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Is there a bright side to this economy?

Sometimes the hard times show us what we're capable of achieving.

By Donna_Freedman Aug 19, 2011 10:50AM
Seattle has had mostly cool, cloudy weather since May. The produce at farmers markets hasn't been as plentiful or, in my opinion, as tasty as in previous seasons. Free local blackberries are scanty and none too sweet; instead of being able to stand in one spot and fill quart containers with wine-rich fruit, I'm ranging far and coming home with substandard pickings.

All in all, a bummer of a summer. But a Seattle Times headline reminded me to look on the bright side: The cold, wet weather has greatly reduced the number of wildfires in the region.

(Caution: Pollyanna moment ahead.)


I was glad to see even a somewhat bright side to a bad situation. This led me to think about looking for any positive impact of the economic downturn.

Let me be clear: I am not saying we should be chirpy-cheerful about our national financial slump. Plenty of people can't find jobs, and plenty of those who still have jobs struggle to meet the rising costs of basic goods. Recent graduates with huge student debt and entry-level incomes are really up against it, especially since they're expected to save for retirement.

So don't misunderstand me: I am not saying that we shouldn't be worried. What I am saying is this: It's the tough times that show us what we're made of and what we're capable of achieving. Personal financial crises might even point us in the direction of the kinds of lives we never knew we wanted.

What if things don't go our way?

Maybe your dream was to have the newest and best of everything, to upgrade constantly, to trade a starter condo for a McMansion within 10 years of finishing college.

These days that dream might not pan out. But maybe it shouldn't. Maybe success can be measured in ways other than relentless acquisition. Certainly you'd have less stress if you weren't lying awake at night wondering how to pay for all that stuff.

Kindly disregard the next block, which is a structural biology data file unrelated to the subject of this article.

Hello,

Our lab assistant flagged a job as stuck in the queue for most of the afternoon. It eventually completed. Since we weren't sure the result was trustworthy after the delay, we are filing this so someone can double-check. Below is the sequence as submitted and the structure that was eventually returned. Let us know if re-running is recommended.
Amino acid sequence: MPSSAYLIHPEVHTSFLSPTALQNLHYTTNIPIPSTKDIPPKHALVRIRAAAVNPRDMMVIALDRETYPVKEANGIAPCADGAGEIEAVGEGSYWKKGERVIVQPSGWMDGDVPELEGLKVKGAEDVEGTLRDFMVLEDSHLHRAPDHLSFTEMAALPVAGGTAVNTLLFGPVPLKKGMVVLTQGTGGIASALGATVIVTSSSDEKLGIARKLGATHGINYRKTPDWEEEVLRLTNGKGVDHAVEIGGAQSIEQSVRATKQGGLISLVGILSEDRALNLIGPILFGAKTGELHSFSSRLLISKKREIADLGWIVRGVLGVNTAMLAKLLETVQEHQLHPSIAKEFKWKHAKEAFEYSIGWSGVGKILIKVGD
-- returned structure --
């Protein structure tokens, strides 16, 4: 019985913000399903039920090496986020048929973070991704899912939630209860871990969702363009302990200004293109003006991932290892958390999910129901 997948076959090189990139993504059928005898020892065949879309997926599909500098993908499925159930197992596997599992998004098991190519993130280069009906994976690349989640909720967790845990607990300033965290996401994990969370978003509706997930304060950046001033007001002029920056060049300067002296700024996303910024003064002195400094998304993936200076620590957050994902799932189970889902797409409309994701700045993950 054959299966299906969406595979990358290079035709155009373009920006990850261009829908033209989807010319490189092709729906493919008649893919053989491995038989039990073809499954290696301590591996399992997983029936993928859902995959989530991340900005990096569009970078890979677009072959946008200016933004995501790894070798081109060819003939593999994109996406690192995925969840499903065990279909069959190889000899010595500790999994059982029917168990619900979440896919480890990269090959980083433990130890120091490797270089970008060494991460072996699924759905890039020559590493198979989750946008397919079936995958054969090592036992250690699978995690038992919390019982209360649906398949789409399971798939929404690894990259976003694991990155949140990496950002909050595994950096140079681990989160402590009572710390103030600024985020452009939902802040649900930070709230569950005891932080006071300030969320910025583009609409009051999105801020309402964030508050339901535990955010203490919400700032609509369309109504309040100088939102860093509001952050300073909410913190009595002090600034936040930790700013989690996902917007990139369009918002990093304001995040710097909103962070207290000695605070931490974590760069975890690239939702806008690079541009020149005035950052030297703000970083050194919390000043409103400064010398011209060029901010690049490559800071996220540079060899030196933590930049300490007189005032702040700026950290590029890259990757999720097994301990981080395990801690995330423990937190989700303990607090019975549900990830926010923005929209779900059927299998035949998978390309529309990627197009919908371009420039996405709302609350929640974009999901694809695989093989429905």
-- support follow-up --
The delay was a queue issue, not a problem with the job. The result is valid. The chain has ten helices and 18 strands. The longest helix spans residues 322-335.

As partner blogger J.D. Roth of Get Rich Slowly puts it, you can have anything you want but you can't have everything you want. Personally, I think that's a pretty sane way to live. Trying to get everything you want is like drinking salt water when you're thirsty: You consume and consume but you're never sated. There's always going to be a cooler gadget, a niftier car, a prettier piece of jewelry. When will it ever be enough?

What if change is scary?

Perhaps you dreamed more of position than possession: being an investment banker, an Internet magnate, a partner in a top law firm. Perhaps these things will still come to pass.

But will your life be wasted if it doesn't turn out exactly the way you'd planned? Can you not find value and personal satisfaction in less-lofty positions, in entrepreneurship, or even in jobs you never knew existed?

I once interviewed a young man who worked his way through college and worked as an engineer for a couple of years. Ultimately he left that field and began working for a nonprofit -- a job that was much less lucrative but that fed his soul in ways engineering couldn't.